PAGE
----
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Getting the most from your green: A case study for using public money effectively for large-scale renewable energy in California

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Published: July, 2014

This brief illustrates CPI’s approach to identifying effective uses of public financial interventions for low-carbon projects. It presents our analysis of the financial barriers affecting large-scale renewable energy in California, utilizing the approach in Figure 1.

This brief illustrates how our methodology can successfully sort through the many possible applications of public financing and risk bearing mechanisms in a sector to identify where such mechanisms could have the greatest effect. We would ultimately aim to apply our framework across all relevant sectors in a jurisdiction, in order to identify the most effective ways a public financing mechanisms can drive decarbonization across the whole economy.

Our analysis of large-scale renewable generation in California showed that the majority of projects are well supported by existing policy and financing practices; however, there are still areas where public financing could effectively and substantively help the sector. The first step of our framework, illustrated in step 1 of Figure 1, revealed seven ways in which existing stakeholders in this sector may not have all of their needs met. The next steps of our framework—identifying which of those barriers can be most effectively solved by public finance institutions, and prioritizing and designing policy solutions—ultimately focused on three ways in which public financial interventions could be helpful:

  • A public institution could aggregate and securitize projects to lower transaction costs associated with tax equity financing, either by holding the projects in the institution itself or by facilitating the creation of a separate entity such as a YieldCo.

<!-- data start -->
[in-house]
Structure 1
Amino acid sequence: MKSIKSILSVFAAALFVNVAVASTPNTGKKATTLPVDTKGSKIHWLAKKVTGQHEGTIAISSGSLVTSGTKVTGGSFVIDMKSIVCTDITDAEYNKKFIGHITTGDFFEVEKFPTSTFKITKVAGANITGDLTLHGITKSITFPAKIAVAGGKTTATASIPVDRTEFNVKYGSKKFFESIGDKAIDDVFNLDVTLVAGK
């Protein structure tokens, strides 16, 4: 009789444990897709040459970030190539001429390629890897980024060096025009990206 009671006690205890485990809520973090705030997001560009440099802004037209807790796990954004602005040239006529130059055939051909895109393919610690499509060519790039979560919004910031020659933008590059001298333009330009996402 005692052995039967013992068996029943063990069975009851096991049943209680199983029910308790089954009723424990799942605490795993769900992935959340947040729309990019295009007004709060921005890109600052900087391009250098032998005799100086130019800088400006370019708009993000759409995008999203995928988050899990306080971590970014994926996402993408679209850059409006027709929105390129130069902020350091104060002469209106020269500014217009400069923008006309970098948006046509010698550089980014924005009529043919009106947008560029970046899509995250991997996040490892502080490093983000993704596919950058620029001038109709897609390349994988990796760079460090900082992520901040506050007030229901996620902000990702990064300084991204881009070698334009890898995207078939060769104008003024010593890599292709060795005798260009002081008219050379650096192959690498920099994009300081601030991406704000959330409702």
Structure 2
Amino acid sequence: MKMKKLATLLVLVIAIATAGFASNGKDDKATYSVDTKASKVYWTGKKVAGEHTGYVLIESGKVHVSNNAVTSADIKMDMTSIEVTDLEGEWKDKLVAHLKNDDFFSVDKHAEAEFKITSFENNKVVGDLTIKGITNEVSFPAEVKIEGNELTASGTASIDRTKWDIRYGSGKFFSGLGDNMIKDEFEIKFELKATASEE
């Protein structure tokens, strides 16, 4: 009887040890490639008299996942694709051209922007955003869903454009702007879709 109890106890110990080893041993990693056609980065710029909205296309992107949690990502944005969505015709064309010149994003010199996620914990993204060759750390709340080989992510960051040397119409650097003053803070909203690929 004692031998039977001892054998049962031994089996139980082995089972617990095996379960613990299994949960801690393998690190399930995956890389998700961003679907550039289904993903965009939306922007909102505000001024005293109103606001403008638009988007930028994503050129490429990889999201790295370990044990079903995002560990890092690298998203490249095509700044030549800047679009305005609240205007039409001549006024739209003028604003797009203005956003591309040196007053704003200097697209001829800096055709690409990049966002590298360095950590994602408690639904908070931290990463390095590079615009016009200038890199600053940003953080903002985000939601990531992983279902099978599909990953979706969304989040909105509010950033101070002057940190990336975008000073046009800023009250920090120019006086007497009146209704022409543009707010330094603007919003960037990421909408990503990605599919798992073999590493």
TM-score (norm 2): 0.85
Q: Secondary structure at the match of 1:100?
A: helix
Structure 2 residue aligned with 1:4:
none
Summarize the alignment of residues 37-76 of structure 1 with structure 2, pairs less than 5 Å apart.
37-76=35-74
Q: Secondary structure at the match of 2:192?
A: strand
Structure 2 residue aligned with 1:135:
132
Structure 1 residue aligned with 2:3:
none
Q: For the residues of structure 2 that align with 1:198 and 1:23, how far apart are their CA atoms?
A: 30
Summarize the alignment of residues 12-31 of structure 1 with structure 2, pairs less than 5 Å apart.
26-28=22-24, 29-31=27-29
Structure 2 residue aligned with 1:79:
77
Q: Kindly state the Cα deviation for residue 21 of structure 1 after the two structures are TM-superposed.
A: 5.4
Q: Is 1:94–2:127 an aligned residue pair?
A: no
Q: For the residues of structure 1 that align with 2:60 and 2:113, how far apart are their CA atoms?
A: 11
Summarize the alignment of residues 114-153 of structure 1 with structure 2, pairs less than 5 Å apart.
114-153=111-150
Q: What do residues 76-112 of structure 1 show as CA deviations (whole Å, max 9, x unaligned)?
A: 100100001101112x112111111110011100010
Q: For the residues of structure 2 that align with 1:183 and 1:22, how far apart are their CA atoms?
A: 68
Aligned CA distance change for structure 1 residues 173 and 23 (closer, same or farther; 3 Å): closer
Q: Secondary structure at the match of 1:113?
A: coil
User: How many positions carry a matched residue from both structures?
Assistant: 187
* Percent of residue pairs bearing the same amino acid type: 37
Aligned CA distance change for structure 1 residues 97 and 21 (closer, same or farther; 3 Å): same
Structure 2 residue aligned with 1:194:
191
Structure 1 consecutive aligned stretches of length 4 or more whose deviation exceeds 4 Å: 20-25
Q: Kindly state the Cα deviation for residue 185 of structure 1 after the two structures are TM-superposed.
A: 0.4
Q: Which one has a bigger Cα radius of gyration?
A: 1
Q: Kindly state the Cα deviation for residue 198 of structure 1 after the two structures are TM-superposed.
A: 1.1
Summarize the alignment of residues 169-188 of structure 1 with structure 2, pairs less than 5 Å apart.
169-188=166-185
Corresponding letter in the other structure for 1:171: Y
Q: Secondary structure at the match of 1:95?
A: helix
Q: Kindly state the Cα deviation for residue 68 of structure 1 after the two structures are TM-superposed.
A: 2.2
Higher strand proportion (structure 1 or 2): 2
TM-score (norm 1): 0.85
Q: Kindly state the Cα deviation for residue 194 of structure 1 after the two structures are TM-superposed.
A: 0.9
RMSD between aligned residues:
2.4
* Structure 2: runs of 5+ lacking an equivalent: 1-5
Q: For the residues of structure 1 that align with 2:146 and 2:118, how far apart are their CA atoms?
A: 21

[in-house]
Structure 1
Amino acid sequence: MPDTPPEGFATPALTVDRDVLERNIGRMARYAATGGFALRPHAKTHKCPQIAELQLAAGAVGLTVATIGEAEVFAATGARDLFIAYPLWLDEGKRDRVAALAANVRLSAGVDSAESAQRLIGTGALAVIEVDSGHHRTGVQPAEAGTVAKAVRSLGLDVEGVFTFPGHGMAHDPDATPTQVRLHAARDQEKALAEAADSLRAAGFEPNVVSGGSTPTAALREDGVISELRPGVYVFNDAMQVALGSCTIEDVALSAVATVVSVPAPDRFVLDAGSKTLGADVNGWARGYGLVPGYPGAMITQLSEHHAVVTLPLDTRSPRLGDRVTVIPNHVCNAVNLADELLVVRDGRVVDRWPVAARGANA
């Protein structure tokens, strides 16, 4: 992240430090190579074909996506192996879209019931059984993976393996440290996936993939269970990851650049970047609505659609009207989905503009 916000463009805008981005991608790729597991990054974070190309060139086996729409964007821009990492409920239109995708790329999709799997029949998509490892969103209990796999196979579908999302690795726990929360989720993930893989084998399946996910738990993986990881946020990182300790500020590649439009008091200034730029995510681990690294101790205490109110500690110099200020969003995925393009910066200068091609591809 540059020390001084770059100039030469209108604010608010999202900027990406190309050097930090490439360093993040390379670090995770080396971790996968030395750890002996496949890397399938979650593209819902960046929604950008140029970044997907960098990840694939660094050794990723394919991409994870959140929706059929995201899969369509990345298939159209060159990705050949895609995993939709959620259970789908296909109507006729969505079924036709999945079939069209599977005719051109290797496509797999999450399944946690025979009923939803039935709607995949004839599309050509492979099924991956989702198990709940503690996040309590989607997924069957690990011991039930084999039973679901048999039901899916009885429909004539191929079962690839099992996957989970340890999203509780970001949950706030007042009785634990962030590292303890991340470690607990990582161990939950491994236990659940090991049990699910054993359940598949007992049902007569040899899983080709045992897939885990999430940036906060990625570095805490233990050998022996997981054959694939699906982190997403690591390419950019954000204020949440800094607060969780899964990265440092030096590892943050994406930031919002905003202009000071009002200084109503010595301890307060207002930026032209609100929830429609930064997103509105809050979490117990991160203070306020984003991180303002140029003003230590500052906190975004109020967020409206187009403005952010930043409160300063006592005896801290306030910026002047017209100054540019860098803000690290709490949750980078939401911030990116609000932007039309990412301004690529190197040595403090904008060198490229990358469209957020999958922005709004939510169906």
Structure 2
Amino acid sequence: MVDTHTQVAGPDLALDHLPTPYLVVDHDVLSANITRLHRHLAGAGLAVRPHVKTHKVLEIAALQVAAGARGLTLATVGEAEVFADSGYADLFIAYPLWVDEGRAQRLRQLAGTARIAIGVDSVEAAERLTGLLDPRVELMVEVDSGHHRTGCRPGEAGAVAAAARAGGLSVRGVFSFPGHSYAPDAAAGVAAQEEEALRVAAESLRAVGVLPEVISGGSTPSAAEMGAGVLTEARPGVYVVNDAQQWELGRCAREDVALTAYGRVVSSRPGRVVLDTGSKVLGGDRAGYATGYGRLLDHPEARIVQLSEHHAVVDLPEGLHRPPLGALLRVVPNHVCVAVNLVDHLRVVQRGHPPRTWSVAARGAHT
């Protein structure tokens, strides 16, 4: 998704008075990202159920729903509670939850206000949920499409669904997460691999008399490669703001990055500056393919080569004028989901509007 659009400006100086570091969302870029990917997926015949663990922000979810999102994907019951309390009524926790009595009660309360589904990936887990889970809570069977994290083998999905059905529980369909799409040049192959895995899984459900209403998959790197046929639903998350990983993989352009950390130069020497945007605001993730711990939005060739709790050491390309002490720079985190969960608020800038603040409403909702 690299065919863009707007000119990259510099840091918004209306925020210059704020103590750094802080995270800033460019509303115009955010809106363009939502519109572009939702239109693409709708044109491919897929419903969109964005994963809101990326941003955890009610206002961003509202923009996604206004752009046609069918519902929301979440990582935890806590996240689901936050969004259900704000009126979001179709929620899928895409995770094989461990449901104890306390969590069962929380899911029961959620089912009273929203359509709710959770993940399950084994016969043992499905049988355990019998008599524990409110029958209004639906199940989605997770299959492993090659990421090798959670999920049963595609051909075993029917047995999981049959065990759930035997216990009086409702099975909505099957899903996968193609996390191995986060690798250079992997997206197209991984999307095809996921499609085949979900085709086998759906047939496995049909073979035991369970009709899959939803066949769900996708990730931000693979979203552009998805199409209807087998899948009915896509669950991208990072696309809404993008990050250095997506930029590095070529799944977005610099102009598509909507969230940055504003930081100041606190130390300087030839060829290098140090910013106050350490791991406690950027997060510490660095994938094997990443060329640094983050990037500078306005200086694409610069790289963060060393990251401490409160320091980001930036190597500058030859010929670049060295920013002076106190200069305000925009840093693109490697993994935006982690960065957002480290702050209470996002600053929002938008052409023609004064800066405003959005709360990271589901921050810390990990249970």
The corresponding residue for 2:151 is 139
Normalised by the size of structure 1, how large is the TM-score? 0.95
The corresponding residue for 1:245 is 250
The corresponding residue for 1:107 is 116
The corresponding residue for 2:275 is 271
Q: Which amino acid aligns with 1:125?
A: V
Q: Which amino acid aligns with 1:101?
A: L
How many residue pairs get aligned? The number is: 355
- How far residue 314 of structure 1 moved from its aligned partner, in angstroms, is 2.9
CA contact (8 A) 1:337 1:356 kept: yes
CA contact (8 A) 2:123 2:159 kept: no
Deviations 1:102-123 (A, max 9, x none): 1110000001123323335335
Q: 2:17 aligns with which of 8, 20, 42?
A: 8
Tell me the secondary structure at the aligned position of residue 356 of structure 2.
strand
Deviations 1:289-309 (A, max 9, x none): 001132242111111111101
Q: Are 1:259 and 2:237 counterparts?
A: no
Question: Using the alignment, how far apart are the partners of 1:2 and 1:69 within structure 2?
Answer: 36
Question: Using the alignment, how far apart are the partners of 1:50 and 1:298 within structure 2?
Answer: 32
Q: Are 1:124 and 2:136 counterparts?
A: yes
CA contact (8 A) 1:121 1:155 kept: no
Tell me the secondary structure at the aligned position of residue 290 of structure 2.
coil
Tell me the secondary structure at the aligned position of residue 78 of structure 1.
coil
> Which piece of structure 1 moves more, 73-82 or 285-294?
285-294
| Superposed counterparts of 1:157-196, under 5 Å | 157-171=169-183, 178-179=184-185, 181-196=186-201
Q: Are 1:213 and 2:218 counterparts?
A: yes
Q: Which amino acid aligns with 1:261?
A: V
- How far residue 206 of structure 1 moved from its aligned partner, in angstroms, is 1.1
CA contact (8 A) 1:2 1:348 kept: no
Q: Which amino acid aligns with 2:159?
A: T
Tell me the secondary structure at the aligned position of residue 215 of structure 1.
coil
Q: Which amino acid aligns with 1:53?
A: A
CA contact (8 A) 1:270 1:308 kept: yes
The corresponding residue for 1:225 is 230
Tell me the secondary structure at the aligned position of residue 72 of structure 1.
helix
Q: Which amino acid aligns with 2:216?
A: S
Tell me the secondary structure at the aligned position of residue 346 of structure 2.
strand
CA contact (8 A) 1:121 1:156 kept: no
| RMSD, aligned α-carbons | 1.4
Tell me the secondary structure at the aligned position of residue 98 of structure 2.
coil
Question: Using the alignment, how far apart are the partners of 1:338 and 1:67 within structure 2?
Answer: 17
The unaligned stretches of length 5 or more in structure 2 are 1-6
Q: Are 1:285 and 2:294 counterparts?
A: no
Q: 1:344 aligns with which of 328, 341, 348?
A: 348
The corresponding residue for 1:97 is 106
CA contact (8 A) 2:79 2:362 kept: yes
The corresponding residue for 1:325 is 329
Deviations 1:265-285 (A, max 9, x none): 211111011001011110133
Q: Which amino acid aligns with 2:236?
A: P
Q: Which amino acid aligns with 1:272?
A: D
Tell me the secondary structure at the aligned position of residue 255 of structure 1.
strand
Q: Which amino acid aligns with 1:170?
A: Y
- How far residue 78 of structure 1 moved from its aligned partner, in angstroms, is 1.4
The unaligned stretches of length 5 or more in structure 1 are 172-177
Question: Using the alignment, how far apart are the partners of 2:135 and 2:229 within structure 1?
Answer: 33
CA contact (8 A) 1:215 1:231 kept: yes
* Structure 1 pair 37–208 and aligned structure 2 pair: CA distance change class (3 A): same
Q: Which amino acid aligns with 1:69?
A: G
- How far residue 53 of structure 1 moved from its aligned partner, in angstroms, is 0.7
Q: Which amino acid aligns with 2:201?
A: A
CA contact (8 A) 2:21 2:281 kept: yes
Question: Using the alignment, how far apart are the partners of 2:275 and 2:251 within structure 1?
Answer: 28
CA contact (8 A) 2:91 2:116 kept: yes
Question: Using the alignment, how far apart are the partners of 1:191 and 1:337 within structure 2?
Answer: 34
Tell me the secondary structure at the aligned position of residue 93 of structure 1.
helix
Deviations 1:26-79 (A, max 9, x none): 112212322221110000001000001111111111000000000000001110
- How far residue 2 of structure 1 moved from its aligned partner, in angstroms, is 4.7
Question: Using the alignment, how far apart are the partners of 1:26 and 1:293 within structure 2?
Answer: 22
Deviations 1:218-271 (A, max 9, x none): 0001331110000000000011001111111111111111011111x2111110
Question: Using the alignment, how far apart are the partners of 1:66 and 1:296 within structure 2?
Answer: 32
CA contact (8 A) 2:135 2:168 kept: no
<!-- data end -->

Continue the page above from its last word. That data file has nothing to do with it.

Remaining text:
• Small and medium enterprises could gain access to much more attractive renewable energy finance through alternate forms of loan security facilitated by public programs, like property taxes (as done with Property Assessed Clean Energy programs), or on-bill repayment.
  • Finally, a public institution could bear project risk for innovative, early-stage renewable technologies through loan guarantees, an interest-rate buydown or concessional lending.

For this example, we have completed framework step two, ‘Screen for Suitability,’ but we have only done a preliminary look at the opportunity sizing and policy effectiveness analysis that comprises step three. Our first look at the opportunity size for each of these possibilities suggests that public intervention in any one of them could have a significant impact. Pending interest from policymakers, CPI could conduct a more thorough investigation of the opportunity size, for example using financial modeling to quantify the impacts of public financing intervention and compare the effectiveness of various specific policies.

Figure 1: CPI’s analysis framework for evaluating green banking and other financial interventions for low-carbon projects
Figure 1